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Conor Benn-Chris Eubank Jr Fight Off

Conor Benn-Chris Eubank Jr Fight Off

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Conor Benn-Chris Eubank Jr Fight Off

Matchroom Boxing Promo Photo

Conor Benn-Chris Eubank Jr Fight Off

The positive drug test produced by Conor Benn forced organizers to cancel his highly anticipated family-feud fight with Chris Eubank Jr. on Thursday.

They were scheduled to fight in a 12-rounder at a catch weight of 157 pounds in the main event of a Matchroom Boxing card on DAZN at The O2 – long sold out – in London.

However, Benn failed a Voluntary Anti-Doping Association test for the banned substance Clomifene, a drug used to treat infertility in women but one that produces increased testosterone in men and is banned by the World Anti-Doping Agency.

“After discussions with various parties, we have taken the decision to formally postpone the bout between Chris Eubank Jr. and Conor Benn,” promoters Eddie Hearn of Matchroom Boxing and Kalle Sauerland of Wasserman Boxing said in a joint statement.

“It is undeniable that the British Boxing Board of Control’s decision to withdraw their sanctioning was procedurally flawed and without due process. That remains a legal issue between the promoters and the Board which we intend to pursue. However, whilst there are legal routes to facilitate the fight taking place as planned, we do not believe that it is in the fighters’ interests for those to be pursued at such a late stage, or in the wider interests of the sport.

“As promoters, we take our obligations and duties very seriously, and a full investigation will now need to take place. We will be making no further comment at this time and news for ticket holder refunds will follow.”

Benn provided a urine sample to VADA on Sept. 1 and the positive result was returned on Sept. 23, a source with knowledge of the test told Fight Freaks Unite/Big Fight Weekend.

On Wednesday, England’s Daily Mail reported Benn’s failed the test, which engulfed the fight in chaos and uncertainty if it would go forward.

Hearn, who promotes Benn, and Sauerland, who is Eubank’s promoter, fought to keep the fight on because Benn’s positive test was with VADA, which the fighters privately contracted with to perform testing, and not one given by the UK Anti-Doping Agency. UKAD handles testing for the British Board of Boxing Control, which regulates the sport in the U.K., and Benn had not failed one of its tests or been suspended.

Even after the promoters put out a statement on Wednesday in which they acknowledged the adverse finding in Benn’s test, they claimed the fight would go forward, mainly because Benn’s ‘B’ sample had not yet been tested. But virtually every fight canceled due to a positive drug test is based on the ‘A’ sample result rather than a ‘B’ sample result that can take weeks to test.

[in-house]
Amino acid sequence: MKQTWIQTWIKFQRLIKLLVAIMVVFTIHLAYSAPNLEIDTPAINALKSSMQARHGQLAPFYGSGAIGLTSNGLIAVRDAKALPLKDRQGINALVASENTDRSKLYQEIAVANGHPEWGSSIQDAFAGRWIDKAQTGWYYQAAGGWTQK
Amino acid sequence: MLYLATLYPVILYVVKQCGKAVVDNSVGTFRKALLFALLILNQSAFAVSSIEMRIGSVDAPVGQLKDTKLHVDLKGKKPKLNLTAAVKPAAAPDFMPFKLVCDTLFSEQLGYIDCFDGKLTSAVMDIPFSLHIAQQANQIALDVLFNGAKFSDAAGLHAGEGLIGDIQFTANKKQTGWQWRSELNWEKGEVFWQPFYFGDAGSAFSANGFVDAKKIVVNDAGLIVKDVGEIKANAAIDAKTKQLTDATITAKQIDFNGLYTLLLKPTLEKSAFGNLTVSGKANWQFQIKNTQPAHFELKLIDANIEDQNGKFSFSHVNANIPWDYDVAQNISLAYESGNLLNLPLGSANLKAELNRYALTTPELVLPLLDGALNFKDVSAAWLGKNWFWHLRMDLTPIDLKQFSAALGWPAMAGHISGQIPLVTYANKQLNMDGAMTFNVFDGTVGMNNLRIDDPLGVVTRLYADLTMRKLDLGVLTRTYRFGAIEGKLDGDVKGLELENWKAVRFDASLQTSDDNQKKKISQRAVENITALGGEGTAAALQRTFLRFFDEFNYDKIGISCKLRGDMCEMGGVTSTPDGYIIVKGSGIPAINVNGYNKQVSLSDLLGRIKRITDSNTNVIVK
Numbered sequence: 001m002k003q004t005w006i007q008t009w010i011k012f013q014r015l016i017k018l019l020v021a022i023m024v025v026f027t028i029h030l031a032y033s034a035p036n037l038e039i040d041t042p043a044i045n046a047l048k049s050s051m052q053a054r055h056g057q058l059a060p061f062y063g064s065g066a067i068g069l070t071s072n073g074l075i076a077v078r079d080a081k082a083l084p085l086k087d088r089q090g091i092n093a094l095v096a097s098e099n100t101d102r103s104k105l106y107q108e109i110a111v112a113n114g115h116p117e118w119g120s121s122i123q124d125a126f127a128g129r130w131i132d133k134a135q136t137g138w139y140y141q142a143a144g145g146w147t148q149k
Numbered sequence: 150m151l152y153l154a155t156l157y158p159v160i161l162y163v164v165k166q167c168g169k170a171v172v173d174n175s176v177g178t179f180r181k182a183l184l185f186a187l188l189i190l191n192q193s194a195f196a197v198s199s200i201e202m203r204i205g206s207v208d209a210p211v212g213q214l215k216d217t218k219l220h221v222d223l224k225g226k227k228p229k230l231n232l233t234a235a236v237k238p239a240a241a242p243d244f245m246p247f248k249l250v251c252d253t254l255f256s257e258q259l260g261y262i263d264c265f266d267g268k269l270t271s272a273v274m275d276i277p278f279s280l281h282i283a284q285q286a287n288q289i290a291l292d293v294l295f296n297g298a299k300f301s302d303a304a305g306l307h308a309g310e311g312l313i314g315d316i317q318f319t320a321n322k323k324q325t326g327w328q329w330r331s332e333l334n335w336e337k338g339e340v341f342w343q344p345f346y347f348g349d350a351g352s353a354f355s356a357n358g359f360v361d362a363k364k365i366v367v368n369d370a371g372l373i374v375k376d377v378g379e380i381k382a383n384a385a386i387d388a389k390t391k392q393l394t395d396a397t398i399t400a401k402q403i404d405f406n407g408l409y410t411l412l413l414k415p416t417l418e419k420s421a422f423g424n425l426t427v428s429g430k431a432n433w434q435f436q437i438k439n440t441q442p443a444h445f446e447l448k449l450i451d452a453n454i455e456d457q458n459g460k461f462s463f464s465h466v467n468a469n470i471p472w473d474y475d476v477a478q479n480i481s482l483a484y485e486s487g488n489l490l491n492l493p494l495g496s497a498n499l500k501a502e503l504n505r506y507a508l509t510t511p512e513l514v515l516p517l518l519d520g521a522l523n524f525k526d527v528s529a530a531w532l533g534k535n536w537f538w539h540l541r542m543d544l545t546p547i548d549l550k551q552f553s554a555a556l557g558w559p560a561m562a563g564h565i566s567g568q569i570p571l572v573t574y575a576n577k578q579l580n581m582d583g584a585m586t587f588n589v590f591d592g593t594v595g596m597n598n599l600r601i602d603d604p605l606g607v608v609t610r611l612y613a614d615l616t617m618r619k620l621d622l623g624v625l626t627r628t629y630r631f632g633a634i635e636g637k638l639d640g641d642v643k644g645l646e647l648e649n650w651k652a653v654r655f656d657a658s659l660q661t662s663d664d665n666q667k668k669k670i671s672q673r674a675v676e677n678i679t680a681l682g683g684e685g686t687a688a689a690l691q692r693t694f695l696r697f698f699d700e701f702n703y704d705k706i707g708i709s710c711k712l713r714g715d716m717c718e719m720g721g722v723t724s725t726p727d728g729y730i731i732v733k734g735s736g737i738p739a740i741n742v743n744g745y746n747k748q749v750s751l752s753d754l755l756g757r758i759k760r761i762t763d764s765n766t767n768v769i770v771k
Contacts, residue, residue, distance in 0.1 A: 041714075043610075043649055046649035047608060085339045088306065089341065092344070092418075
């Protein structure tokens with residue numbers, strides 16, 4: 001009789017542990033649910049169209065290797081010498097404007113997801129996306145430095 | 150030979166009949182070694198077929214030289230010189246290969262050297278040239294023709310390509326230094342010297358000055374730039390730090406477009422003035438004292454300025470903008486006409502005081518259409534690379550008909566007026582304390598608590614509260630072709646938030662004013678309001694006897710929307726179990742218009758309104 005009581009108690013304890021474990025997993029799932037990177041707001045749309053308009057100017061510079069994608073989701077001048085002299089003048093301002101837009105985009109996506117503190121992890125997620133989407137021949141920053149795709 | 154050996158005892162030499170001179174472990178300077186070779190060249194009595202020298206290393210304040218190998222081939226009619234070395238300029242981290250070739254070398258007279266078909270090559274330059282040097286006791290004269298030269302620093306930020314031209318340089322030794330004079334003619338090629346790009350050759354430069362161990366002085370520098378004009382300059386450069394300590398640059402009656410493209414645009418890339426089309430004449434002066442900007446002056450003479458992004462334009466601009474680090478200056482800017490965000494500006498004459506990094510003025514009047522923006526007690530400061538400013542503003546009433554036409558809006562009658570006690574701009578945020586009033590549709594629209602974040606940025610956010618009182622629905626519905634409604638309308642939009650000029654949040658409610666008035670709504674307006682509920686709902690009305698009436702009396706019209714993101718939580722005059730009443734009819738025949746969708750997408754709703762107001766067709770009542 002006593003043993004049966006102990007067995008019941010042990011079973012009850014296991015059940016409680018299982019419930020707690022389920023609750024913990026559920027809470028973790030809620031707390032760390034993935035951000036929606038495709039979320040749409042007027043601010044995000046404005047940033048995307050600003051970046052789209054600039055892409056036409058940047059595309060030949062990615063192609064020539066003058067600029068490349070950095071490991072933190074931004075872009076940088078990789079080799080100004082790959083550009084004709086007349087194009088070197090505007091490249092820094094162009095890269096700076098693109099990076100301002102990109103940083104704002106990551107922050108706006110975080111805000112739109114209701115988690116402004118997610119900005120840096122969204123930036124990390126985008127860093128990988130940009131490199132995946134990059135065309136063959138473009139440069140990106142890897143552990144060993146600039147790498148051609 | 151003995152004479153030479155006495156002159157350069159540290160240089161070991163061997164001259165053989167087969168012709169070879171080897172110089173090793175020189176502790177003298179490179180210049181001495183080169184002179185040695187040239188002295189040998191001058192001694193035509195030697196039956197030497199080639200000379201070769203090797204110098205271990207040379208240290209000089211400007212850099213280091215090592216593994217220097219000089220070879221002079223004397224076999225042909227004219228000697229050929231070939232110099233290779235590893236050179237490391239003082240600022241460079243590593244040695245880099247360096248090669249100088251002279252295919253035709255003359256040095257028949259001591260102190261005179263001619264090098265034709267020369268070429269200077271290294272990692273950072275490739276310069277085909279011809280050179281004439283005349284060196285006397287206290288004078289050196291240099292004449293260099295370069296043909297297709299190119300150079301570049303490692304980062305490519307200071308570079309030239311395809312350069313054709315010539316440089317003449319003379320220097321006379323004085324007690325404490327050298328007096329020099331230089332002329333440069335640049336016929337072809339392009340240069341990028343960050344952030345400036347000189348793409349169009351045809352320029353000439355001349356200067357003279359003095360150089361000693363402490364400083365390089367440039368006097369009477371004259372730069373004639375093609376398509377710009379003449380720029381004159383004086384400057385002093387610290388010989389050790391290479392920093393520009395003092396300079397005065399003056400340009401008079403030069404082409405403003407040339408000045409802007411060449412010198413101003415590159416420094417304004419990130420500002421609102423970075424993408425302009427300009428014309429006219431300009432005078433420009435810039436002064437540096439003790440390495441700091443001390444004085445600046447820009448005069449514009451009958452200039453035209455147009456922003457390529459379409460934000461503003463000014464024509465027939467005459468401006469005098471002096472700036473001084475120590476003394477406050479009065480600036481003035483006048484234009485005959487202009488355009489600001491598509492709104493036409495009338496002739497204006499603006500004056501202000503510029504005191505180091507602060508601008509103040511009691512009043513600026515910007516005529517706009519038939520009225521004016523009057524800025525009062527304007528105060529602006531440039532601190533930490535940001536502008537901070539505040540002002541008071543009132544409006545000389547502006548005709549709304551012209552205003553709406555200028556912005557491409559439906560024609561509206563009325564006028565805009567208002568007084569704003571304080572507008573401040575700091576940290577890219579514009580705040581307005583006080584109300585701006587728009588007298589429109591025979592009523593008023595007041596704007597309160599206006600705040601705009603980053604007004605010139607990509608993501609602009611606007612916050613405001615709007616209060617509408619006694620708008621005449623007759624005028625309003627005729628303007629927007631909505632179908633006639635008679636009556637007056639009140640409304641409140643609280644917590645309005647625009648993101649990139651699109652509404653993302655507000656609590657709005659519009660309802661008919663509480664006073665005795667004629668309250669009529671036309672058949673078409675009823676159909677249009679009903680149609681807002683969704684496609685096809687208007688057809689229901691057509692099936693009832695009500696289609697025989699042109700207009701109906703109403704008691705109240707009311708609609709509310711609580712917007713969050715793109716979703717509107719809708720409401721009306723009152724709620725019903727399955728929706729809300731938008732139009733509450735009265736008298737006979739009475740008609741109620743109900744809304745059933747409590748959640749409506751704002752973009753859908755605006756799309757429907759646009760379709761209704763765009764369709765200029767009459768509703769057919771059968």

Eubank (32-3, 23 KOs), 33, who was coming down in weight from middleweight and facing fines if he was overweight and a strict rehydration clause, and Benn (21-14 KOs), 26, a welterweight moving up 10 pounds for the bout, both also said on Wednesday they wanted the fight to go on – no surprise given the millions they stood to earn that they now won’t receive.

But the British Boxing Board of Control issued its own statement on Wednesday in which it said the fight had been “prohibited as it is not in the interests of boxing.”

Promoters contemplated seeking an injunction to force the BBBofC to allow the fight since it was not one of its tests that Benn failed. But in the end the BBBofC did not budge and, according to sources, there was pressure from DAZN to call off the fight. DAZN, which was bankrolling the event, was putting the fight on its streaming service as a pay-per-view in the United Kingdom and Ireland and expected big returns.

The fight was a match of second generation boxers whose heavily hyped showdown had rekindled the British public’s memories of the two epic 1990s world title bouts between their fathers, Nigel Benn and Chris Eubank Sr.

Eubank Sr. knocked Benn out in the ninth round of a WBO middleweight title fight in 1990 and they fought to a disputed split draw before some 47,000 in a WBC/WBO super middleweight unification fight in 1993. Both fights aired on free television across the U.K.

Although there was no title on the line for the fight between their sons and an obvious weight disparity that necessitated the catch weight, the fight was expected to do huge business.

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Since 2000, award-winning reporter Dan Rafael has covered boxing full time and been ringside for thousands of fights, first for five years at USA Today and then for 15 years at ESPN, where he wrote and appeared on various television, radio and streaming programs. In 2013, Dan was honored by the Boxing Writers Association of America with the Nat Fleischer award for career excellence in boxing journalism. Dan brings his great insight to the Big Fight Weekend site, podcast and more!

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